Our Workers have been trained and supported through ongoing DDP consultation to use a range of DDP principles and ways of being in all aspects of their work.
The DDP attitude is evident within the work we do with children and families, and we have been working to embed this attitude within team meetings, supervision and in working and relating with other parts of the organisation.
Working with a DDP-informed approach equips parents to understand and stay connected with their children, especially when times are difficult due to their experience of trauma.
In awarding Adopt Birmingham Partner status, DDP Connects UK gave the following feedback, which we hope our workers are proud of…
“We are all very impressed with the depth of work that the Adoption Service has undertaken over several years to embed DDP principles across the work you do and your ongoing commitment to developing and maintaining services that are trauma-informed, attachment-focused, and relationship-based. The application and action plan are really comprehensive, and evidence the excellent and thoughtful work done to get you to this stage.”
Our journey with DDP has also been recognised in our most recent Ofsted inspection of Adoption (January 2023) which said…
“The majority of staff are trained to at least dyadic developmental psychotherapy (DDP) level 1. Staff are overwhelmingly positive about the regular DDP consultations they attend. They say they were helpful in anchoring the service through change and providing staff with a regulating, reflective space, which supported them with the impact of challenging circumstances and complex work. The consultations were described as helpful in keeping the trained staff connected with the theory’s principles and in supporting them to consolidate skills and translate principles into practice in their roles”
We asked our service for their reflections on the impact of DDP and how DDP practice and principles make a difference to our work with adopters, families, and colleagues. The following observations were shared…
DDP supports our relationships with adopters and deepens understanding of their experiences.
“I use the attitude of PACE with the families I work with, showing empathy and acceptance for their situations…has helped me to build good relationships with the families…”
“Accepting we don’t hold all the answers and can’t fix the family systems in place…however we can walk alongside families and help them feel contained” “Taking a step back, listening, not rushing to try and find a solution to a difficulty has been a big learning area for me…”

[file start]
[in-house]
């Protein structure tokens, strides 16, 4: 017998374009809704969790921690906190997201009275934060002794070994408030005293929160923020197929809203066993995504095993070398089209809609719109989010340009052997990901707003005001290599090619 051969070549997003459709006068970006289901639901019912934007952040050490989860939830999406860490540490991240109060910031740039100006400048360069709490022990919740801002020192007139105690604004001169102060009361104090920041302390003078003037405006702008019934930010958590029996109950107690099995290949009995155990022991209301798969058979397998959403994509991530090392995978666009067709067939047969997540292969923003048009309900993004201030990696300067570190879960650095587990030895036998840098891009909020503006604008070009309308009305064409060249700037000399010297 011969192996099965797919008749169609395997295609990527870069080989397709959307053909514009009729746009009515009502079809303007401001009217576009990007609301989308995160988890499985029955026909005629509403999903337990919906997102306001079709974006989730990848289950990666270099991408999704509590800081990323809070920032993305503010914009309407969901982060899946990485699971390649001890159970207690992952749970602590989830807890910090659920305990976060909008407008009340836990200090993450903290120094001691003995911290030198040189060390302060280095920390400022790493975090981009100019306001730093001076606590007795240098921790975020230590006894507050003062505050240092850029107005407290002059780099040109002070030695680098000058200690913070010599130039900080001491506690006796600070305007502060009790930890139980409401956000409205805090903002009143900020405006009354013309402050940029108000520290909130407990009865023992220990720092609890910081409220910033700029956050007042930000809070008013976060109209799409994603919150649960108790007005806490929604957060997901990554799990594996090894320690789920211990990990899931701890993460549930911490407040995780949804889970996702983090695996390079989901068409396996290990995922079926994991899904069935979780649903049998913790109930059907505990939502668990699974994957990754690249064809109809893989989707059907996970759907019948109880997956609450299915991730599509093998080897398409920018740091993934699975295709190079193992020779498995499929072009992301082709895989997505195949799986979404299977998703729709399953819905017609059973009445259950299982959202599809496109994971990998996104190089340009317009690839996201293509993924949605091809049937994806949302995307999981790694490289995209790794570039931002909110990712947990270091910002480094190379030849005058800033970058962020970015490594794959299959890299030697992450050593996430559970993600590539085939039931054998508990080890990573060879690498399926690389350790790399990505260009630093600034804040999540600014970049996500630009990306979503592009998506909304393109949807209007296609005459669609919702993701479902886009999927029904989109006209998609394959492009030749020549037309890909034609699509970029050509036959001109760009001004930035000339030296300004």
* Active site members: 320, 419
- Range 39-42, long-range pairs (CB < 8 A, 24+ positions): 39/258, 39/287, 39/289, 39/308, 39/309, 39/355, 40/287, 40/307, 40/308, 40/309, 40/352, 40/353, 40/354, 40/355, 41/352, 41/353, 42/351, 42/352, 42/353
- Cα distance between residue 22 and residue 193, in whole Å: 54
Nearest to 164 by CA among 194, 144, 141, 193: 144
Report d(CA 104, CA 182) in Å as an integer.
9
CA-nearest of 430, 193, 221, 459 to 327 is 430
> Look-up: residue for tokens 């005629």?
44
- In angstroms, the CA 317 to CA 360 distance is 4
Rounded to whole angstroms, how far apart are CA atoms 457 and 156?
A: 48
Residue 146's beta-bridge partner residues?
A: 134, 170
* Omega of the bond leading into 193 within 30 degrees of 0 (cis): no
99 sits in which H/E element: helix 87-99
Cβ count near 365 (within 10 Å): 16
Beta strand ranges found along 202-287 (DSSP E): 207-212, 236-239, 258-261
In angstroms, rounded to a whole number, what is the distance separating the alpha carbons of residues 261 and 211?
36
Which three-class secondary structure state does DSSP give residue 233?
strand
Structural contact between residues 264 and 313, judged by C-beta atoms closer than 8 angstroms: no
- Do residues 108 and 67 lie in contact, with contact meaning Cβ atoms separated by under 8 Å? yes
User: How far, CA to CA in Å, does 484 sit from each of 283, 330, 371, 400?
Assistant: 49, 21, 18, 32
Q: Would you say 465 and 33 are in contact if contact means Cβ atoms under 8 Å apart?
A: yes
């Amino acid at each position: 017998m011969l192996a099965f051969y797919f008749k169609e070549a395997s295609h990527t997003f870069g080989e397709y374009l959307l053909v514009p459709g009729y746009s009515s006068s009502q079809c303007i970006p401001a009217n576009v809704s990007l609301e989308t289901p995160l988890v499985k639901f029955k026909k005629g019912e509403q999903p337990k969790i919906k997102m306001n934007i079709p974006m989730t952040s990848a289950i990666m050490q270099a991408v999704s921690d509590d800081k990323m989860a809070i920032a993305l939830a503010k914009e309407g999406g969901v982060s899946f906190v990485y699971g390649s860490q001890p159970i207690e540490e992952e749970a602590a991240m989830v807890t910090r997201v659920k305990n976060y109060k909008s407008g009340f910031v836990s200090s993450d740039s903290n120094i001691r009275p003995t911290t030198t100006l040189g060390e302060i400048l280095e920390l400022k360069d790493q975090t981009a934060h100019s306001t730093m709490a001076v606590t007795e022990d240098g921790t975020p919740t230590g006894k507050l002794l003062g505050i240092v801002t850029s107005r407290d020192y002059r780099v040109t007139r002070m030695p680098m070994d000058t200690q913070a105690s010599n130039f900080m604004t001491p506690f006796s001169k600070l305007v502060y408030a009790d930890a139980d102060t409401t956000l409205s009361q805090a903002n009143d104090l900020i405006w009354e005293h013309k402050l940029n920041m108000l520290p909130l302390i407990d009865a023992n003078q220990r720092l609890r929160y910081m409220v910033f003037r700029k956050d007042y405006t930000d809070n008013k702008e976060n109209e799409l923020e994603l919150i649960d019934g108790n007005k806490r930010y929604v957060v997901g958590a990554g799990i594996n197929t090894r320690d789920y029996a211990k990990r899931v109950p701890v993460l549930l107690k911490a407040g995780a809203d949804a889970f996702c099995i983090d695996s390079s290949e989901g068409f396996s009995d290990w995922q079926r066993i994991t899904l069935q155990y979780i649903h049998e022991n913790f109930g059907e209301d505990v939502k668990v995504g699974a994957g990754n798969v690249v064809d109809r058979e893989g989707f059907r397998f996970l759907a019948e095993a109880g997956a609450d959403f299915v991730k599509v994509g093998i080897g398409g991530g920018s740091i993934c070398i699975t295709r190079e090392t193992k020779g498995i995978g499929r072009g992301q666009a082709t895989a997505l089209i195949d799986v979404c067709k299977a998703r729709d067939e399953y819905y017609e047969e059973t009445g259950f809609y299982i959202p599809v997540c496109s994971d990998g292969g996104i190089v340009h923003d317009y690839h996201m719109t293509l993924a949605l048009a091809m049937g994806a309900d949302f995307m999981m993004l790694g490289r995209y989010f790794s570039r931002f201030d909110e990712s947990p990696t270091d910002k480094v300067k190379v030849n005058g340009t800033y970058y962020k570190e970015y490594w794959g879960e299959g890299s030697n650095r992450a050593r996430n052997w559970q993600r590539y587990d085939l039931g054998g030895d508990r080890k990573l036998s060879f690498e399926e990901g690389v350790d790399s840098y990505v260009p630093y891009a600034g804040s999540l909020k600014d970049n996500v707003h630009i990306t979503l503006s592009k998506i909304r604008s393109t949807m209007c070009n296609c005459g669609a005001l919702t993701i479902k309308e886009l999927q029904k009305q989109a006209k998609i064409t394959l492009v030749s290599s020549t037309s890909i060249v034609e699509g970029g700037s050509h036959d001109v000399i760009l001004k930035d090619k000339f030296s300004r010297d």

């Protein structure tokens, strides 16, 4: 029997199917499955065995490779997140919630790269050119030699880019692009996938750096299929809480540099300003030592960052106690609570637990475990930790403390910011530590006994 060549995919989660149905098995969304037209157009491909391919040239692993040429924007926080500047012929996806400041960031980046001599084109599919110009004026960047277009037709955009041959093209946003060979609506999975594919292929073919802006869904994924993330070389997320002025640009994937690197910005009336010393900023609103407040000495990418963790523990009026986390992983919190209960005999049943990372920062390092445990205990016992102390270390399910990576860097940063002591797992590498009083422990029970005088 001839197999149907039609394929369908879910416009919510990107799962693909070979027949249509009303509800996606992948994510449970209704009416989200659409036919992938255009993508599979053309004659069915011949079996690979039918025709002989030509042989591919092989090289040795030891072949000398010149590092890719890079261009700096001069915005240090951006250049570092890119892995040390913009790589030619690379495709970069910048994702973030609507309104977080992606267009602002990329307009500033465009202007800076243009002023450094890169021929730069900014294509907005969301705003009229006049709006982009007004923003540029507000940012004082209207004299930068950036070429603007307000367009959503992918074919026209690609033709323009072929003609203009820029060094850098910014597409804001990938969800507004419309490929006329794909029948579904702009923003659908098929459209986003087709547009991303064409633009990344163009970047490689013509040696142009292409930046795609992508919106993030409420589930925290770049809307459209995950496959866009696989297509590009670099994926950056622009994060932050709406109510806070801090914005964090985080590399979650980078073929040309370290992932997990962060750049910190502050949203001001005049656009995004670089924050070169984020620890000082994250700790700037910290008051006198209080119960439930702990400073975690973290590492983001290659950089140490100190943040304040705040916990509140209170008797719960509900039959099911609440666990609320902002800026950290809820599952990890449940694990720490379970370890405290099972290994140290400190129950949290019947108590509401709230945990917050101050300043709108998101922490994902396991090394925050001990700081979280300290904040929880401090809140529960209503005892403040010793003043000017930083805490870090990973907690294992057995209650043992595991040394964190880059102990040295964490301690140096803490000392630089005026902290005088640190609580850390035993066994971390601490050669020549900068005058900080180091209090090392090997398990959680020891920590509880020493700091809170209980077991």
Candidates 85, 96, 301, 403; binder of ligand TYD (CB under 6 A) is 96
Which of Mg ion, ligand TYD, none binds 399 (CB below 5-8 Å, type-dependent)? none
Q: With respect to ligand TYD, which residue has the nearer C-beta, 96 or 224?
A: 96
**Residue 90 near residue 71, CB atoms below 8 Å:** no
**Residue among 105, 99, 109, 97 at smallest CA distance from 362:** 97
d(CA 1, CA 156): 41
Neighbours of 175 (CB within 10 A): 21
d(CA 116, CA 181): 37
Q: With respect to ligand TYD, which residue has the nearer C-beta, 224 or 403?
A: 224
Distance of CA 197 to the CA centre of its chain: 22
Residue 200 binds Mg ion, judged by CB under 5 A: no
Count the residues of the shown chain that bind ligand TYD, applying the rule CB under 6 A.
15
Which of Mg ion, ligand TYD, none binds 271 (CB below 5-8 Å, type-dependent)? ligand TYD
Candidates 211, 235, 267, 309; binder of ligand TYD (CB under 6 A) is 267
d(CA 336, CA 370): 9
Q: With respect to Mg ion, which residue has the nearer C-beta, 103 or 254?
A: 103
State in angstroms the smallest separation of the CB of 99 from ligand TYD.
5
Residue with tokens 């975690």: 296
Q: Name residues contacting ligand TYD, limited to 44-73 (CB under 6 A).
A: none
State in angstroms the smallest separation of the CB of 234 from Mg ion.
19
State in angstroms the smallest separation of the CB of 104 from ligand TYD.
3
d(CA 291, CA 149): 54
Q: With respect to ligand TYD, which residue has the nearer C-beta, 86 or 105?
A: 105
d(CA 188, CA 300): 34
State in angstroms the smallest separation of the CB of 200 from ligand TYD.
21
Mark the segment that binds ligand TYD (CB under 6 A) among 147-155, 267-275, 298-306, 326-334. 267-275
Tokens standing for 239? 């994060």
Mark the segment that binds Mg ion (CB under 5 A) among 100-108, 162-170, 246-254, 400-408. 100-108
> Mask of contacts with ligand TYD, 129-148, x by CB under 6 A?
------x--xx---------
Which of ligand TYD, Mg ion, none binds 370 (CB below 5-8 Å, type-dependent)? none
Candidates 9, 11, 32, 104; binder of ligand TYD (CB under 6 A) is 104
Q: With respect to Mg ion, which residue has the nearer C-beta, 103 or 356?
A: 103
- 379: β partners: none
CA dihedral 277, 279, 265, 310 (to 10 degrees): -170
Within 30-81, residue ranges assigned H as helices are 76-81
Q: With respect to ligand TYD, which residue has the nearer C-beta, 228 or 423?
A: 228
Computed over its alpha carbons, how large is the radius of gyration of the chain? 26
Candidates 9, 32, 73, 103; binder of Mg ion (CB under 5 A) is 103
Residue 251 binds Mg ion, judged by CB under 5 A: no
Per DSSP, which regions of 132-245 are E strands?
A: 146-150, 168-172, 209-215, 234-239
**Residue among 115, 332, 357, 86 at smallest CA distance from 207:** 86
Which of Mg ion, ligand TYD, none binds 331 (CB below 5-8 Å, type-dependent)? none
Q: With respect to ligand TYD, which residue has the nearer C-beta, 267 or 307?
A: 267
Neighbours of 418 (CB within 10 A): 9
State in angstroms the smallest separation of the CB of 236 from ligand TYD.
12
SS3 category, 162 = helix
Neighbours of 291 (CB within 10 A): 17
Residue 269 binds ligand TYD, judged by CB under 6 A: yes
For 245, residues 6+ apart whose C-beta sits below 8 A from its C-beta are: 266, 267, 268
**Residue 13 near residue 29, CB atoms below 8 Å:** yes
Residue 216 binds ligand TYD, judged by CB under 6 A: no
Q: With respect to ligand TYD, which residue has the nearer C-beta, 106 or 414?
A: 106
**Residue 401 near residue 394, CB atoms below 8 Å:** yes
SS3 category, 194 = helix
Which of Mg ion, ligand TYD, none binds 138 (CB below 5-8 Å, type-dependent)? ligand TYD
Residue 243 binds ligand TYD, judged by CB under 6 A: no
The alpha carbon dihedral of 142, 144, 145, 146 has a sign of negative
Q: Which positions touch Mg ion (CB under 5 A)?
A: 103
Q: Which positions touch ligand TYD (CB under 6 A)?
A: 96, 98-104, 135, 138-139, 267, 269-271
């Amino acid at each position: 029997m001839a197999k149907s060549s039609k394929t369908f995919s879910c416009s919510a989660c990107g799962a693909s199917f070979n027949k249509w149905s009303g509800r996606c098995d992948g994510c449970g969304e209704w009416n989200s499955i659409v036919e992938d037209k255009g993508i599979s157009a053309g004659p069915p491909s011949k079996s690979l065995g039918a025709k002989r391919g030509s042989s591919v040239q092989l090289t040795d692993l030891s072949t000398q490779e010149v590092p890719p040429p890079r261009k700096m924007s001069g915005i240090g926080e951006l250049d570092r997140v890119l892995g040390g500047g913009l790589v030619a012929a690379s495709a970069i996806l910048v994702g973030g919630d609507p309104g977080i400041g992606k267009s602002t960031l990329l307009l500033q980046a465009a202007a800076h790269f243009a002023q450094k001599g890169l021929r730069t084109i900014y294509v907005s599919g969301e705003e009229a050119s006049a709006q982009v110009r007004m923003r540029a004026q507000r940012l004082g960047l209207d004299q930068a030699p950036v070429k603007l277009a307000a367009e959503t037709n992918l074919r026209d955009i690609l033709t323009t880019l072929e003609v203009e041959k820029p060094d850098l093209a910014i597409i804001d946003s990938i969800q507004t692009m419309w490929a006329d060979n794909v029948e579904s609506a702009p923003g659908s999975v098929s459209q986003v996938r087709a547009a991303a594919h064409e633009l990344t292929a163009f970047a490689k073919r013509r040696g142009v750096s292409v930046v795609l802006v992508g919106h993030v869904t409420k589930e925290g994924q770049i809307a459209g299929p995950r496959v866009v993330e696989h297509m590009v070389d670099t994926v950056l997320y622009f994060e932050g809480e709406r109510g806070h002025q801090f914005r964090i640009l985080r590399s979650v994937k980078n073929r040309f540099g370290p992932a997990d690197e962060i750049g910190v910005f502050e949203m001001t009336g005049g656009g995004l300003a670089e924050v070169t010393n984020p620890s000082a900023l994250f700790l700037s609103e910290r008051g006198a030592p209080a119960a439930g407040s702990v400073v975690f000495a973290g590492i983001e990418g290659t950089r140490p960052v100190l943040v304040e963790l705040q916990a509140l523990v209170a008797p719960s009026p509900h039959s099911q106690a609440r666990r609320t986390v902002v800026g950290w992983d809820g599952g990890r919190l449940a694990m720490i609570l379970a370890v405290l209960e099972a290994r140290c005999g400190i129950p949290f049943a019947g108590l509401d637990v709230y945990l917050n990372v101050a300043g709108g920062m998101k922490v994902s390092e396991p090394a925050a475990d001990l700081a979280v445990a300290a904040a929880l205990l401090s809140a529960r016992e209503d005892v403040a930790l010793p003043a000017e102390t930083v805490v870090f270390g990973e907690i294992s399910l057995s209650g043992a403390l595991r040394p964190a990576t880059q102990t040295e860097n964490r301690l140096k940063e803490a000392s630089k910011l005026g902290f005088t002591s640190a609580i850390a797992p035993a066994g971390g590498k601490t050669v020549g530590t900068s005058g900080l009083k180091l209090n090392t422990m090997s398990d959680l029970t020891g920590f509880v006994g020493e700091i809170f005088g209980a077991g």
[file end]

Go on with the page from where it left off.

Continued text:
DDP increases our understanding of trauma and the impact of this on the child and family.
“DDP practice and principles have helped me to understand adopters and children and the underlying reasons for why they might present/behave in the way that they do, particularly when there might be avoidance or conflict…”
“I think it has helped me to slow down, connect and provide an understanding of children with developmental trauma and the impact for this on the children we work with…”
DDP principles have become woven through the adoption journey.
“It has greatly improved my interview, assessment and therapeutic intervention skills whereby I can apply many of the DDP principles – in direct work with children to prepare them for a new sibling joining the family via adoption…Support children to talk when their face challenging times in their adoption placement.
“I work with a PACE approach and try to consider this when looking at a match between adopters and a child. It’s important to consider parenting styles and how these may need to change for a child, and do the adopters have the capacity for this change…”
DDP is well rooted, embedded and reflected within aspects of the service.
“There is an underpinning of relationship practice which is underpinned by a service wide understanding and use of PACE. The language used with adopters reflects an embracing of DDP principles and the importance of curiosity, the two-hands of parenting, shared intention, and repair where there has been rupture”
This supports adoptive parents to respond to the needs of their children and develop security.
“Supporting parents with responding to children using PACE…helping them to explore the events surrounding the child’s journey into care and how this is impacting on their current behaviour…”
“Enabling a greater understanding of the approaches to support their children/young people and how they may be impacted by trauma…”
…and supports a more cohesive and connected system around the family.
“DDP practice has helped to ensure that the team around the child are also maintaining a therapeutic response and this approach can help to avoid / manage any conflict of interest / competing demands by different services /professional roles…”
The Partner status will be reviewed in one years’ time, and we are excited about what the future holds for DDP across the service.